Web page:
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This article is part of the supplement: The Framingham Heart Study 100,000 single nucleotide polymorphisms resource

Open Access Research

A genome-wide association for kidney function and endocrine-related traits in the NHLBI's Framingham Heart Study

Shih-Jen Hwang1, Qiong Yang3, James B Meigs2, Elizabeth N Pearce4 and Caroline S Fox15*

Author Affiliations

1 National Heart Lung and Blood Institutes, Bethesda, MD, USA

2 Massachusetts General Hospital and Harvard Medical School , Boston, MA, USA

3 Department of Biostatistics, Boston University School of Public Health, Boston, MA, USA

4 Boston University School of Medicine, Boston, MA, USA

5 Department of Endocrinology, Diabetes, and Hypertension, the Brigham and Women's Hospital, Harvard Medical School, Boston, MA, USA

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BMC Medical Genetics 2007, 8(Suppl 1):S10  doi:10.1186/1471-2350-8-S1-S10

Published: 19 September 2007

Abstract

Background

Glomerular filtration rate (GFR) and urinary albumin excretion (UAE) are markers of kidney function that are known to be heritable. Many endocrine conditions have strong familial components. We tested for association between the Affymetrix GeneChip Human Mapping 100K single nucleotide polymorphism (SNP) set and measures of kidney function and endocrine traits.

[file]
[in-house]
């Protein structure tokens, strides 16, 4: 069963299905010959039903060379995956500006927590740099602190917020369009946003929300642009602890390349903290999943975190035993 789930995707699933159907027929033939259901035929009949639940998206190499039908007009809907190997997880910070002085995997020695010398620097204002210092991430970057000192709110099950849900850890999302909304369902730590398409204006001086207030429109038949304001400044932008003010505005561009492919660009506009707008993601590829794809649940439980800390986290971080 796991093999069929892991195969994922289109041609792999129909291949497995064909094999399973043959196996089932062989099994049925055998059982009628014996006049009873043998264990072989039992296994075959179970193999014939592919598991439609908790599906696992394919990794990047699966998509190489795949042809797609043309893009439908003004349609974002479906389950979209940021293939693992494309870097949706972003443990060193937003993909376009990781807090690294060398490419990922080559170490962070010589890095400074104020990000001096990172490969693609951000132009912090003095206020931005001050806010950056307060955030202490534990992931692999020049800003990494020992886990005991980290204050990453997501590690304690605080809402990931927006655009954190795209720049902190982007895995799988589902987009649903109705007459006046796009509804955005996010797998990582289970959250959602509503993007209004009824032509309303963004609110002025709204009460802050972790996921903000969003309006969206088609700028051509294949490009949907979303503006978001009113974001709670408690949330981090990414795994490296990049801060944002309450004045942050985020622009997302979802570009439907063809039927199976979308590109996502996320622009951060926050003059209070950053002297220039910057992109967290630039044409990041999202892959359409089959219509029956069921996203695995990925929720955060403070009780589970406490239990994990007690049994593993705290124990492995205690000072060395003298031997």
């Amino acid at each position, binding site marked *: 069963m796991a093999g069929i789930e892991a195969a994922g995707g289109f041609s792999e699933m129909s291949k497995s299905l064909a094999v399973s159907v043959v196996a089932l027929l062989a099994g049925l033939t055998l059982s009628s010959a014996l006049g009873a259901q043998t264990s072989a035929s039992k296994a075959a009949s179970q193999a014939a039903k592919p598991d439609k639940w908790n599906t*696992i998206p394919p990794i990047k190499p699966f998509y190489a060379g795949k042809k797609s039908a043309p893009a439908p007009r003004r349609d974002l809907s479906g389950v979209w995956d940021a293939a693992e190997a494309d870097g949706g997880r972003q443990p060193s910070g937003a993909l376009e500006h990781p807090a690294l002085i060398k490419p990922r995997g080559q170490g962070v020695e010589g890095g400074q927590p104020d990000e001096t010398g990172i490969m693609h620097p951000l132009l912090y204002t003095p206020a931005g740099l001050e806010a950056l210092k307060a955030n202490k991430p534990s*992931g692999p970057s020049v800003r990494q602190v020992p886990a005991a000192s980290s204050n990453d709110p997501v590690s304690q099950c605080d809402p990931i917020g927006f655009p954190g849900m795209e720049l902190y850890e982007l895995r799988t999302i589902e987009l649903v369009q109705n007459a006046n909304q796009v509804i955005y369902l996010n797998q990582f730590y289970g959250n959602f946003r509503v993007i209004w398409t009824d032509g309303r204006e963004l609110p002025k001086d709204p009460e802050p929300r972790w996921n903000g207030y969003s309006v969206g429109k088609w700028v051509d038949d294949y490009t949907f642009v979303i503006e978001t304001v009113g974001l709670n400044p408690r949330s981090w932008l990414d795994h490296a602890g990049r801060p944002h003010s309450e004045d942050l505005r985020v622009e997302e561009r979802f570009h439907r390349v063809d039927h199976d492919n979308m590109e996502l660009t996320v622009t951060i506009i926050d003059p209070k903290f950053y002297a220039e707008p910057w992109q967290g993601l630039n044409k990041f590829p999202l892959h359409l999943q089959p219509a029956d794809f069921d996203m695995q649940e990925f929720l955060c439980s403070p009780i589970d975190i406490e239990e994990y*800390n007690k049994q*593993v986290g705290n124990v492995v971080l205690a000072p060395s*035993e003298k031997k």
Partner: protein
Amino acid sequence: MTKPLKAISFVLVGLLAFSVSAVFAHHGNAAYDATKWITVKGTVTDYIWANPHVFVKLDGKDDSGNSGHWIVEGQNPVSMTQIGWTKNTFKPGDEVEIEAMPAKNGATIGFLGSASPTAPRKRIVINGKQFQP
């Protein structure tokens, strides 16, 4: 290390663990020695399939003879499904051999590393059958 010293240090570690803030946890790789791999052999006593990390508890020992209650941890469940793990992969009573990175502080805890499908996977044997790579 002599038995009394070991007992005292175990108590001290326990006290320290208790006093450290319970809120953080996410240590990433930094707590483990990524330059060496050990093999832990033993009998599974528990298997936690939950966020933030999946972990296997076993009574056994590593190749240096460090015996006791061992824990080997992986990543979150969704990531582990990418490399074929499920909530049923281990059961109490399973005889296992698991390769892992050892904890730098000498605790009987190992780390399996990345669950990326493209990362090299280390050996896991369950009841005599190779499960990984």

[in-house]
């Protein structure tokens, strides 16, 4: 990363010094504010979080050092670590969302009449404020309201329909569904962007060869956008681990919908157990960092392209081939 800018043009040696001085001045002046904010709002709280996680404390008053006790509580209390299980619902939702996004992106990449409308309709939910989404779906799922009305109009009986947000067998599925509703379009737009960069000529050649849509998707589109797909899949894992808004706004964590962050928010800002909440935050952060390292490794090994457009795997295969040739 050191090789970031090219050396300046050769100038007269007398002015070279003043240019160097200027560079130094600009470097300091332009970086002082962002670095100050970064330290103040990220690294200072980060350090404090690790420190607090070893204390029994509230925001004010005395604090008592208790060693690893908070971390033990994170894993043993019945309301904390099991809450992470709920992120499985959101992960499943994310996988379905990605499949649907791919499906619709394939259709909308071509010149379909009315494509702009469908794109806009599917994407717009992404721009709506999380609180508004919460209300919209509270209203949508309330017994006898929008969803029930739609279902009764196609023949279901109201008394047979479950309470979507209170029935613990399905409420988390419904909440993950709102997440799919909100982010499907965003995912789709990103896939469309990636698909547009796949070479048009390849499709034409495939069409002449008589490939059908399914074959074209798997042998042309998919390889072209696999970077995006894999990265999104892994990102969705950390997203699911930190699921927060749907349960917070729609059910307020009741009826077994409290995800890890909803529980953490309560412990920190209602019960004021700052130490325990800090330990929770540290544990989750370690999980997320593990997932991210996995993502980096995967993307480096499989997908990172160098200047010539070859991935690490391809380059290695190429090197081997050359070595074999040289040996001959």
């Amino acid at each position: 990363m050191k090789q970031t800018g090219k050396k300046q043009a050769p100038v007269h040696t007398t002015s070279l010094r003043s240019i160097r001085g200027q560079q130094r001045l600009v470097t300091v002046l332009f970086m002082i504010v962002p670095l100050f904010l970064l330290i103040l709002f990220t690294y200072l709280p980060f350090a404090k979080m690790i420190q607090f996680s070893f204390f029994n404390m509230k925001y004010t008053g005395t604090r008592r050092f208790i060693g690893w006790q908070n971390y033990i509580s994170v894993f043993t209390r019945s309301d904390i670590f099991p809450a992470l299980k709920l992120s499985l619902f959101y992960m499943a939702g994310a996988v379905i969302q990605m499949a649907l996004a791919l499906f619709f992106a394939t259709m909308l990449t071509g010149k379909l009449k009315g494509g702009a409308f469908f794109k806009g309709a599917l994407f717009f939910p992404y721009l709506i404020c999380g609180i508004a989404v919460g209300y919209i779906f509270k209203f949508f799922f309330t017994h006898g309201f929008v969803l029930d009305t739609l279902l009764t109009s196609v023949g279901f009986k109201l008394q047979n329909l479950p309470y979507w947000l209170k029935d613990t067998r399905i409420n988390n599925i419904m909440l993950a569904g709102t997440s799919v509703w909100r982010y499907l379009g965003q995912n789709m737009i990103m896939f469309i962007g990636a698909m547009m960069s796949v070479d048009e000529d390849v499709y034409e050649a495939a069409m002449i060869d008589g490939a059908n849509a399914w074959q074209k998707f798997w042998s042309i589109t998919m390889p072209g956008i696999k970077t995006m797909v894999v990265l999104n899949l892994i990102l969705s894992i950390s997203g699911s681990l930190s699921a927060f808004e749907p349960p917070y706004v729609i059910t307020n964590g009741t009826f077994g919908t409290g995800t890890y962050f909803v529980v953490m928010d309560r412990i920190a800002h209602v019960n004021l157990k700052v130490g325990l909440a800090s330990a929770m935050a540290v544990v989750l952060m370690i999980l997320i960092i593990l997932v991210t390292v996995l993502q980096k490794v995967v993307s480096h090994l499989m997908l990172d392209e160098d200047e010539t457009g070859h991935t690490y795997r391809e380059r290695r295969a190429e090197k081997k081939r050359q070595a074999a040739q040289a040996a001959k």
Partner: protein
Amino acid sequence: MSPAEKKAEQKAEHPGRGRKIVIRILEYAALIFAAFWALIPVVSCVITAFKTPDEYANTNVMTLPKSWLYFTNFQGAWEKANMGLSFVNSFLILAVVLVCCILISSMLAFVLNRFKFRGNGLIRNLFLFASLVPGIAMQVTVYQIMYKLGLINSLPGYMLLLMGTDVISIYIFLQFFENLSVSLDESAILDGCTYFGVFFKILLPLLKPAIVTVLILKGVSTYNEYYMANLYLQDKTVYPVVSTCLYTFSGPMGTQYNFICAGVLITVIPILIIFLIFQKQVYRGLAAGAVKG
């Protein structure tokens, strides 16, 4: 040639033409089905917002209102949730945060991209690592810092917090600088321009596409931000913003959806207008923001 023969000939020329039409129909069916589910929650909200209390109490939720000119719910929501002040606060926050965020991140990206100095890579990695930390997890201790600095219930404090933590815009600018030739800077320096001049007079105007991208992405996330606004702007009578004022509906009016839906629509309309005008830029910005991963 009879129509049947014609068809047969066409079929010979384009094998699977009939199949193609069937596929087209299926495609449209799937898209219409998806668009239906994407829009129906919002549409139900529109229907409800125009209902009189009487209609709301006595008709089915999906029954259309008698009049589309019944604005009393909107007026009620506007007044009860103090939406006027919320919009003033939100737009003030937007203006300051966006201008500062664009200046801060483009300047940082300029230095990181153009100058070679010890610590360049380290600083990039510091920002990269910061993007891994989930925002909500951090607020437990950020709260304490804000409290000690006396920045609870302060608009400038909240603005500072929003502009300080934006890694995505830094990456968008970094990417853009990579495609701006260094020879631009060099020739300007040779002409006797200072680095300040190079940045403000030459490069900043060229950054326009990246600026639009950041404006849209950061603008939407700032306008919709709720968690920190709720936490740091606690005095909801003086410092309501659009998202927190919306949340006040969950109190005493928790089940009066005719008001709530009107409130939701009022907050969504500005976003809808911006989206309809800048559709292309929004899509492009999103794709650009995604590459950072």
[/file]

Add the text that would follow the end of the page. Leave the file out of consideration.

Methods

Genotype information on the Affymetrix GeneChip Human Mapping 100K SNP set was available on 1345 participants. Serum creatinine and cystatin-C (cysC; n = 981) were measured at the seventh examination cycle (1998–2001); GFR (n = 1010) was estimated via the Modification of Diet in Renal Disease (MDRD) equation; UAE was measured on spot urine samples during the sixth examination cycle (1995–1998) and was indexed to urinary creatinine (n = 822). Thyroid stimulating hormone (TSH) was measured at the third and fourth examination cycles (1981–1984; 1984–1987) and mean value of the measurements were used (n = 810). Age-sex-adjusted and multivariable-adjusted residuals for these measurements were used in association with genotype data using generalized estimating equations (GEE) and family-based association tests (FBAT) models. We presented the results for association tests using additive allele model. We evaluated associations with 70,987 SNPs on autosomes with minor allele frequencies of at least 0.10, Hardy-Weinberg Equilibrium p-value ≥ 0.001, and call rates of at least 80%.

Results

The top SNPs associated with these traits using the GEE method were rs2839235 with GFR (p-value 1.6*10-05), rs1158167 with cysC (p-value 8.5*10-09), rs1712790 with UAE (p-value 1.9*10-06), and rs6977660 with TSH (p-value 3.7*10-06), respectively. The top SNPs associated with these traits using the FBAT method were rs6434804 with GFR(p-value 2.4*10-5), rs563754 with cysC (p-value 4.7*10-5), rs1243400 with UAE (p-value 4.8*10-6), and rs4128956 with TSH (p-value 3.6*10-5), respectively. Detailed association test results can be found at http://www.ncbi.nlm.nih.gov/projects/gap/cgi-bin/study.cgi?id=phs000007 webcite. Four SNPs in or near the CST3 gene were highly associated with cysC levels (p-value 8.5*10-09 to 0.007).

Conclusion

Kidney function traits and TSH are associated with SNPs on the Affymetrix GeneChip Human Mapping 100K SNP set. These data will serve as a valuable resource for replication as more SNPs associated with kidney function and endocrine traits are identified.